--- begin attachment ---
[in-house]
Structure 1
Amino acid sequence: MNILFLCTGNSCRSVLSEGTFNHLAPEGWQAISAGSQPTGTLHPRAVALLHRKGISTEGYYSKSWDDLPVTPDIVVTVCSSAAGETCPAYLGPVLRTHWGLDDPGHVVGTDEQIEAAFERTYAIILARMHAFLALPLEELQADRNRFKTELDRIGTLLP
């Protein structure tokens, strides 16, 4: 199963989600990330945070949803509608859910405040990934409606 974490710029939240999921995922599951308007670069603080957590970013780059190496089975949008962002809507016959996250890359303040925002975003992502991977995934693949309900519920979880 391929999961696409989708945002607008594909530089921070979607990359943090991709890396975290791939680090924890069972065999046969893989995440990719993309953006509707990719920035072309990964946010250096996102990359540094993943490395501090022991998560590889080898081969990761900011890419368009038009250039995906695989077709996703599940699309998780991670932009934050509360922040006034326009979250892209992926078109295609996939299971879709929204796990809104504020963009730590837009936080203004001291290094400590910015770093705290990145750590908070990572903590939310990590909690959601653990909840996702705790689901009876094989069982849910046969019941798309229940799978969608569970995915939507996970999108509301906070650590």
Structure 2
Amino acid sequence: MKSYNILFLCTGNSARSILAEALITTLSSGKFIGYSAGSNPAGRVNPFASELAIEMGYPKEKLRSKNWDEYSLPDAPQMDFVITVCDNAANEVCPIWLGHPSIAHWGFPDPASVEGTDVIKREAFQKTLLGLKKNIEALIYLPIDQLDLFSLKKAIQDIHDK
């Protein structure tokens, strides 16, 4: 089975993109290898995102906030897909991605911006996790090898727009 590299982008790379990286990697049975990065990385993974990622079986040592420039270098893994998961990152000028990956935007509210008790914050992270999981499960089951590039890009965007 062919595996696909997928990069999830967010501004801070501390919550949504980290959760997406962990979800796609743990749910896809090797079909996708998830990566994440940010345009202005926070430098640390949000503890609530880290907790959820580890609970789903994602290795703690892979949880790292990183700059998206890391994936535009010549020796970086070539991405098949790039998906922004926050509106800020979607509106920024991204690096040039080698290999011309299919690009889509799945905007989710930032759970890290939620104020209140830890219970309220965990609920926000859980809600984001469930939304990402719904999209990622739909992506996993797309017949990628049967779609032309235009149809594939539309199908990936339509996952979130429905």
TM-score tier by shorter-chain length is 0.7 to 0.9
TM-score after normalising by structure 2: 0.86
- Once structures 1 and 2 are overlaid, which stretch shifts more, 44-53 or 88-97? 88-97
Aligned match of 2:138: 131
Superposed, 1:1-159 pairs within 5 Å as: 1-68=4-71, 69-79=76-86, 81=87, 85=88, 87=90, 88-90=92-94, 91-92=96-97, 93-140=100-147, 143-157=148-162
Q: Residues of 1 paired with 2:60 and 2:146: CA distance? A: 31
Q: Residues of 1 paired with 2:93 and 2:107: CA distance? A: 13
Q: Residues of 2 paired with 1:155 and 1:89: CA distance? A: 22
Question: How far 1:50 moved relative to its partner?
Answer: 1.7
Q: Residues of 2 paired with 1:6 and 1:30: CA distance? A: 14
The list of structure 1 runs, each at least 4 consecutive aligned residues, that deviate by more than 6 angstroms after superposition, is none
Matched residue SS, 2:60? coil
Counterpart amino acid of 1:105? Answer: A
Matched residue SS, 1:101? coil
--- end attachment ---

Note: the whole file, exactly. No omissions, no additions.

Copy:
[in-house]
Structure 1
Amino acid sequence: MNILFLCTGNSCRSVLSEGTFNHLAPEGWQAISAGSQPTGTLHPRAVALLHRKGISTEGYYSKSWDDLPVTPDIVVTVCSSAAGETCPAYLGPVLRTHWGLDDPGHVVGTDEQIEAAFERTYAIILARMHAFLALPLEELQADRNRFKTELDRIGTLLP
């Protein structure tokens, strides 16, 4: 199963989600990330945070949803509608859910405040990934409606 974490710029939240999921995922599951308007670069603080957590970013780059190496089975949008962002809507016959996250890359303040925002975003992502991977995934693949309900519920979880 391929999961696409989708945002607008594909530089921070979607990359943090991709890396975290791939680090924890069972065999046969893989995440990719993309953006509707990719920035072309990964946010250096996102990359540094993943490395501090022991998560590889080898081969990761900011890419368009038009250039995906695989077709996703599940699309998780991670932009934050509360922040006034326009979250892209992926078109295609996939299971879709929204796990809104504020963009730590837009936080203004001291290094400590910015770093705290990145750590908070990572903590939310990590909690959601653990909840996702705790689901009876094989069982849910046969019941798309229940799978969608569970995915939507996970999108509301906070650590």
Structure 2
Amino acid sequence: MKSYNILFLCTGNSARSILAEALITTLSSGKFIGYSAGSNPAGRVNPFASELAIEMGYPKEKLRSKNWDEYSLPDAPQMDFVITVCDNAANEVCPIWLGHPSIAHWGFPDPASVEGTDVIKREAFQKTLLGLKKNIEALIYLPIDQLDLFSLKKAIQDIHDK
């Protein structure tokens, strides 16, 4: 089975993109290898995102906030897909991605911006996790090898727009 590299982008790379990286990697049975990065990385993974990622079986040592420039270098893994998961990152000028990956935007509210008790914050992270999981499960089951590039890009965007 062919595996696909997928990069999830967010501004801070501390919550949504980290959760997406962990979800796609743990749910896809090797079909996708998830990566994440940010345009202005926070430098640390949000503890609530880290907790959820580890609970789903994602290795703690892979949880790292990183700059998206890391994936535009010549020796970086070539991405098949790039998906922004926050509106800020979607509106920024991204690096040039080698290999011309299919690009889509799945905007989710930032759970890290939620104020209140830890219970309220965990609920926000859980809600984001469930939304990402719904999209990622739909992506996993797309017949990628049967779609032309235009149809594939539309199908990936339509996952979130429905």
TM-score tier by shorter-chain length is 0.7 to 0.9
TM-score after normalising by structure 2: 0.86
- Once structures 1 and 2 are overlaid, which stretch shifts more, 44-53 or 88-97? 88-97
Aligned match of 2:138: 131
Superposed, 1:1-159 pairs within 5 Å as: 1-68=4-71, 69-79=76-86, 81=87, 85=88, 87=90, 88-90=92-94, 91-92=96-97, 93-140=100-147, 143-157=148-162
Q: Residues of 1 paired with 2:60 and 2:146: CA distance? A: 31
Q: Residues of 1 paired with 2:93 and 2:107: CA distance? A: 13
Q: Residues of 2 paired with 1:155 and 1:89: CA distance? A: 22
Question: How far 1:50 moved relative to its partner?
Answer: 1.7
Q: Residues of 2 paired with 1:6 and 1:30: CA distance? A: 14
The list of structure 1 runs, each at least 4 consecutive aligned residues, that deviate by more than 6 angstroms after superposition, is none
Matched residue SS, 2:60? coil
Counterpart amino acid of 1:105? Answer: A
Matched residue SS, 1:101? coil